This year’s rapid economic recovery has expanded coal power generation around the globe, likely to end the year with a 9% jump, according to the International Energy Agency (IEA). The U-turn from the declines in coal use seen in 2019 and 2020 threaten the chances of delivering on the emissions reductions amid the climate crisis, IEA said.
The increase in coal power use is mainly driven by China, India, the US and the EU. In China, which accounts for a third of global coal consumption, coal-fired power generation would grow 9% this year, while in India it would expand by 12%. This is an all-time high for coal-fired electricity generation in both countries, the report found.
In the US and the EU, coal power generation would reach a 20% increase this year compared to 2020. But the amount of energy generated from coal won’t be as high as in 2019, the IEA said. Plus, coal consumption would go back in decline next year in both countries due to slower electricity demand and an expansion of renewables.
“Coal is the single largest source of global carbon emissions, and this year’s historically high level of coal power generation is a worrying sign of how far off track the world is in its efforts to put emissions into decline towards net zero,” IEA Executive Director Fatih Birol said in a statement, calling for “strong and immediate” actions on coal.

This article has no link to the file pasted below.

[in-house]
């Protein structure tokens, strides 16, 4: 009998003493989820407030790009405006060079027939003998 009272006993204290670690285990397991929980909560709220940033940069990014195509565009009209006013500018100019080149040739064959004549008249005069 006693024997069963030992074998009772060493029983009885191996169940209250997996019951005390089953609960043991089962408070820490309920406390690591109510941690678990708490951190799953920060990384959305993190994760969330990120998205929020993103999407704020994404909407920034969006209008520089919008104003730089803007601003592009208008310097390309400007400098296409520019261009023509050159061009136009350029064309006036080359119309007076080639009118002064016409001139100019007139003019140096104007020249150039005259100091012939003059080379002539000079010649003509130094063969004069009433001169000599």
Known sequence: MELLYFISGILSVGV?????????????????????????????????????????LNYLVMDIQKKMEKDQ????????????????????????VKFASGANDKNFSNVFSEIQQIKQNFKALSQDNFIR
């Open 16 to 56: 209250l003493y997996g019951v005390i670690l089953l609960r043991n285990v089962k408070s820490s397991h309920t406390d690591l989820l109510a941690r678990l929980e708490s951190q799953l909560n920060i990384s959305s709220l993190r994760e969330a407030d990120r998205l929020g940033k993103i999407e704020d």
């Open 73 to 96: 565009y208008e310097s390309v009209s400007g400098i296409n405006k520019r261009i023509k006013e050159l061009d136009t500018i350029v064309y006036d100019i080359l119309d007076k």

Back in May, the IEA said that all development of new fossil fuel projects (coal, gas and oil) had to stop this year for the world to meet the Paris Agreement on climate change target to limit global warming to 1.5ºC by the end of the century. While the IEA said this is something “viable”, it also described it as “narrow and extremely challenging.”
This complexity was evident at the recent climate summit COP26, when a pledge to “phase out” coal use was watered down to “phase down” coal. Still, there has been some progress. US President Joe Biden halted this month's federal funding for new fossil-fuel projects abroad, with China making the same commitment earlier this year.
This year, overall coal demand, including power generation and cement and steel production, will rise about 6%, the IEA said. While this is below the 2013 and 2014 record levels, coal demand could reach new all-time highs in 2022 and remain at that level for another two years, depending on economic growth and weather patterns.
“Asia dominates the global coal market, with China and India accounting for two-thirds of overall demand. These two economies – dependent on coal and with a combined population of almost 3 billion people – hold the key to future coal demand,” Keisuke Sadamori, Director of Energy Markets and Security at the IEA, said in a statement.
China and India already have decarbonization targets in place. Chinese President Xi Jinping said in April that the country will be carbon neutral in 2060, reducing coal use starting in 2026. Meanwhile, India’s Prime Minister Narendra Modi, announced at COP26 that his country will reach net zero emissions by 2070, further off than ideal.
IEA's full report can be accessed here.